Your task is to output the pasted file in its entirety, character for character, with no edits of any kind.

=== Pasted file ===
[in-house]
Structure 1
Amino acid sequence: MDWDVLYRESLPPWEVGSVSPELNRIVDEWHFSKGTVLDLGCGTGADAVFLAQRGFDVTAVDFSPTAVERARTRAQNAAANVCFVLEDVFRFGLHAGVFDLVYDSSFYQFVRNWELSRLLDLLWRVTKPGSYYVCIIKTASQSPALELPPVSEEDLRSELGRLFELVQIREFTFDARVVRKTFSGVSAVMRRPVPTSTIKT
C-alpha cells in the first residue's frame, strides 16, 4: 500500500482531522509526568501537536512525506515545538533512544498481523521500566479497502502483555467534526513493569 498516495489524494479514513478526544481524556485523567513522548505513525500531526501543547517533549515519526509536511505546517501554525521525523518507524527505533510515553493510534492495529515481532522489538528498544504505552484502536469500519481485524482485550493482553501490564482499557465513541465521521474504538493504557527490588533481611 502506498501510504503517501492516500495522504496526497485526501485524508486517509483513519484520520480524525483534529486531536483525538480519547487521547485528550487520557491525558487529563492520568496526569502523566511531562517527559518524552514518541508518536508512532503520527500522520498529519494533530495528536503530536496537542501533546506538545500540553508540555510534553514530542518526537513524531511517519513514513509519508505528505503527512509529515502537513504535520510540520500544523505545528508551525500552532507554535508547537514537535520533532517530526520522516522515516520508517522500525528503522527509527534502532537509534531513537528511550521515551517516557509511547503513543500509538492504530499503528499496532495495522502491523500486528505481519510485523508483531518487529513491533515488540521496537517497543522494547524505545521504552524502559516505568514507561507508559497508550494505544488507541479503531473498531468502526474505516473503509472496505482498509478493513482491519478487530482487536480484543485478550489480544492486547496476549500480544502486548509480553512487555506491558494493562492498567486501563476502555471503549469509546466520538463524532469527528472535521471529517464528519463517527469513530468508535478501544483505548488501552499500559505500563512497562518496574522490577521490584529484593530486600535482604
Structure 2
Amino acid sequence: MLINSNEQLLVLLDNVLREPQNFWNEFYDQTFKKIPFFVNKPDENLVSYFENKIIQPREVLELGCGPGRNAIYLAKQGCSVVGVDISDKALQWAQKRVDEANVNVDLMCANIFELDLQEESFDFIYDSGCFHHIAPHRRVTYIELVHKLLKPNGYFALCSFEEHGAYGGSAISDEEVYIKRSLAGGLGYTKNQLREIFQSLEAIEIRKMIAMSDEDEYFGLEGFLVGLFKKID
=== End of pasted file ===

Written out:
[in-house]
Structure 1
Amino acid sequence: MDWDVLYRESLPPWEVGSVSPELNRIVDEWHFSKGTVLDLGCGTGADAVFLAQRGFDVTAVDFSPTAVERARTRAQNAAANVCFVLEDVFRFGLHAGVFDLVYDSSFYQFVRNWELSRLLDLLWRVTKPGSYYVCIIKTASQSPALELPPVSEEDLRSELGRLFELVQIREFTFDARVVRKTFSGVSAVMRRPVPTSTIKT
C-alpha cells in the first residue's frame, strides 16, 4: 500500500482531522509526568501537536512525506515545538533512544498481523521500566479497502502483555467534526513493569 498516495489524494479514513478526544481524556485523567513522548505513525500531526501543547517533549515519526509536511505546517501554525521525523518507524527505533510515553493510534492495529515481532522489538528498544504505552484502536469500519481485524482485550493482553501490564482499557465513541465521521474504538493504557527490588533481611 502506498501510504503517501492516500495522504496526497485526501485524508486517509483513519484520520480524525483534529486531536483525538480519547487521547485528550487520557491525558487529563492520568496526569502523566511531562517527559518524552514518541508518536508512532503520527500522520498529519494533530495528536503530536496537542501533546506538545500540553508540555510534553514530542518526537513524531511517519513514513509519508505528505503527512509529515502537513504535520510540520500544523505545528508551525500552532507554535508547537514537535520533532517530526520522516522515516520508517522500525528503522527509527534502532537509534531513537528511550521515551517516557509511547503513543500509538492504530499503528499496532495495522502491523500486528505481519510485523508483531518487529513491533515488540521496537517497543522494547524505545521504552524502559516505568514507561507508559497508550494505544488507541479503531473498531468502526474505516473503509472496505482498509478493513482491519478487530482487536480484543485478550489480544492486547496476549500480544502486548509480553512487555506491558494493562492498567486501563476502555471503549469509546466520538463524532469527528472535521471529517464528519463517527469513530468508535478501544483505548488501552499500559505500563512497562518496574522490577521490584529484593530486600535482604
Structure 2
Amino acid sequence: MLINSNEQLLVLLDNVLREPQNFWNEFYDQTFKKIPFFVNKPDENLVSYFENKIIQPREVLELGCGPGRNAIYLAKQGCSVVGVDISDKALQWAQKRVDEANVNVDLMCANIFELDLQEESFDFIYDSGCFHHIAPHRRVTYIELVHKLLKPNGYFALCSFEEHGAYGGSAISDEEVYIKRSLAGGLGYTKNQLREIFQSLEAIEIRKMIAMSDEDEYFGLEGFLVGLFKKID